From pages 95 and 96 of "Adapt to Thrive" Abingdon Press 2014
The conventional wisdom for a new, incoming pastor is "Do not change anything in the first year. Learn all you can about the operating culture of the local church and its history before you arrive. Go into the situation and get to know the people. Let the people know you care. Then, after a year, maybe two, you can implement some modest changes, but always remember, take baby steps, go slow." This tenet needs adaptation. Here are some ways that problems may emerge when pastors follow that established pattern;
1. after one year of no changes, to initiate healthy, adaptive cultural behaviors may be a shock to the system. The people may have already "settled in" with you. They may be comfortable with no changes and happy you have not brought any.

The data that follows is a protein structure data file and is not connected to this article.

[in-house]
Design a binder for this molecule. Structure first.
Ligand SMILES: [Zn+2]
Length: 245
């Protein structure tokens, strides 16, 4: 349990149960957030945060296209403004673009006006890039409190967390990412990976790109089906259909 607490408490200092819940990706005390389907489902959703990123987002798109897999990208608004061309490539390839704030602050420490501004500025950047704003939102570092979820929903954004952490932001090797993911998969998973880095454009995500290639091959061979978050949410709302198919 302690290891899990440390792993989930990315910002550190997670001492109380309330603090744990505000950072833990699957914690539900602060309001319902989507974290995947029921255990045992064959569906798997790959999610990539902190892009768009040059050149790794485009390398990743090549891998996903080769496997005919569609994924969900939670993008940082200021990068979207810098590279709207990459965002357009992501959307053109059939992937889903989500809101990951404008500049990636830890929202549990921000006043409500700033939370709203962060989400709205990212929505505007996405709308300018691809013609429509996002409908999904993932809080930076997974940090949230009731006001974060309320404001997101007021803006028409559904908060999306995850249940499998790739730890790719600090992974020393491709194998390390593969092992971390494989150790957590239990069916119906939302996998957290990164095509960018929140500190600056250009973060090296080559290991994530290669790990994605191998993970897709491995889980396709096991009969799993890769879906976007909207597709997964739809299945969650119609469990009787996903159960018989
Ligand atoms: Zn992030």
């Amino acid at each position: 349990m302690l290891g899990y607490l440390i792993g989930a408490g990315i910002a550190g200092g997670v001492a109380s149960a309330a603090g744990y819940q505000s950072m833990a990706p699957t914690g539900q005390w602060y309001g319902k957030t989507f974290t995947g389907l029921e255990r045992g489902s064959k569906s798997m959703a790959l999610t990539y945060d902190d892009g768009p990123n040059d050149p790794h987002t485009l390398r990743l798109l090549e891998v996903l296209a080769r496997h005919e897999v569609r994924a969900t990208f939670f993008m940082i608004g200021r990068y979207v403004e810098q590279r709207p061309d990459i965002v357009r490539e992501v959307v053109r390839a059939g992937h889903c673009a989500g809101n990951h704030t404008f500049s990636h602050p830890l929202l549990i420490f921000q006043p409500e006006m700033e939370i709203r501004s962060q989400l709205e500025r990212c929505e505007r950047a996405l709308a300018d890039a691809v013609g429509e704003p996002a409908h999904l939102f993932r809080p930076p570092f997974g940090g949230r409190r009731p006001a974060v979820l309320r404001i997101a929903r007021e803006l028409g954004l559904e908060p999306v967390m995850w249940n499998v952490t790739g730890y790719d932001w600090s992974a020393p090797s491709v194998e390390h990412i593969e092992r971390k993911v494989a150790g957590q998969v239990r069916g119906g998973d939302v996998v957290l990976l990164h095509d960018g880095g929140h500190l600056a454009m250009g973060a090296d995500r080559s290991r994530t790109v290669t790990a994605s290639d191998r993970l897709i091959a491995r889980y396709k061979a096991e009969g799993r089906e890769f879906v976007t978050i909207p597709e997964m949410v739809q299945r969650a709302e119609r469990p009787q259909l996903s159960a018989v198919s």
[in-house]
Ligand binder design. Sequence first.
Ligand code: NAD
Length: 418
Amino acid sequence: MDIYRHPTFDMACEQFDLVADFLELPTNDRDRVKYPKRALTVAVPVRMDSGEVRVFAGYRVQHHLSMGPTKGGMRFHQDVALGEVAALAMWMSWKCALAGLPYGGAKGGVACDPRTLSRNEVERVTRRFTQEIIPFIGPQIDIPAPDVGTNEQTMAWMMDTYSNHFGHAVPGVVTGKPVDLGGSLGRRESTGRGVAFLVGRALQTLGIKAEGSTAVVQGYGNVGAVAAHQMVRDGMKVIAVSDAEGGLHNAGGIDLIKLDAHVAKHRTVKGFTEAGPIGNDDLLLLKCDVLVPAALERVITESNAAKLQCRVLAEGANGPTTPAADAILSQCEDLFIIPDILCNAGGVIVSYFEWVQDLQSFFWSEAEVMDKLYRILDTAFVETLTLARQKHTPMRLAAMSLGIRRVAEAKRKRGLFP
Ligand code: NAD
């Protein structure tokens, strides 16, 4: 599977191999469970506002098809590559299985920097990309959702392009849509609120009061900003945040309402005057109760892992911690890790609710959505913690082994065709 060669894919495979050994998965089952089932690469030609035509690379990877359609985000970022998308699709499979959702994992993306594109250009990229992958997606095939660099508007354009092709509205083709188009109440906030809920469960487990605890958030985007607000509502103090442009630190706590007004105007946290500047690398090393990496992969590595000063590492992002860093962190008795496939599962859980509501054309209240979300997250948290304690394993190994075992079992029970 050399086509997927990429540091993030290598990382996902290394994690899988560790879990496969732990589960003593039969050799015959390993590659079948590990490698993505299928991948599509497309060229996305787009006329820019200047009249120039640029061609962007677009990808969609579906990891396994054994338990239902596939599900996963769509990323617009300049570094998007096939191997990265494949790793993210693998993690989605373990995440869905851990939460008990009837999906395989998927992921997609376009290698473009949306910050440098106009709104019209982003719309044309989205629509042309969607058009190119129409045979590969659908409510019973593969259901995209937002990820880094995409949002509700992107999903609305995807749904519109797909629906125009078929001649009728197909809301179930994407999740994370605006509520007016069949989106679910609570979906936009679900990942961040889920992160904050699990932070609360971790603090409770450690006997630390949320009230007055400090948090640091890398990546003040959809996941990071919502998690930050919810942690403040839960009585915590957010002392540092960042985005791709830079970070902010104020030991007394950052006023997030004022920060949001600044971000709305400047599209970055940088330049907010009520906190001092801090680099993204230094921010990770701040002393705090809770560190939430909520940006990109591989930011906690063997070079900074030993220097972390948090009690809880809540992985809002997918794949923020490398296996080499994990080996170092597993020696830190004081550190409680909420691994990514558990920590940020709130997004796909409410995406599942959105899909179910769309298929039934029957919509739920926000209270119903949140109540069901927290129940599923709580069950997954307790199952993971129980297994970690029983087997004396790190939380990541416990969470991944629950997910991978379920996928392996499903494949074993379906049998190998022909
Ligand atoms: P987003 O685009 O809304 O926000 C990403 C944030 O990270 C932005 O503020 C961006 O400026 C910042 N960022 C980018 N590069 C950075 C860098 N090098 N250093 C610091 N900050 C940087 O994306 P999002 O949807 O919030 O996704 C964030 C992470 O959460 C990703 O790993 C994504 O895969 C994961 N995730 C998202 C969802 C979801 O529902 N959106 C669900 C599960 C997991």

2. It will be more difficult to initiate changes after that first honeymoon year. If the pastor buys into the current culture of working hard to keep the congregation happy (that first year) then to change at the beginning of the second or third year makes the pastor's first year relationship-building work seem disingenuous.
3. In a sustaining culture of taking baby steps, the people may be happy but there is no sense of urgency or passion for the one true purpose of the Christian Church (to make disciples of Jesus for the transformation of the world).
4. The church no longer has the luxury of baby steps. Critical mass and financial support can decline precipitously over two to three years (of waiting). For most churches the adaptive change needs to begin yesterday!
Be bold! Set a vision in alignment with the stated Christian purpose! No more baby steps! Make disciples! Love the people while taking giant leaps.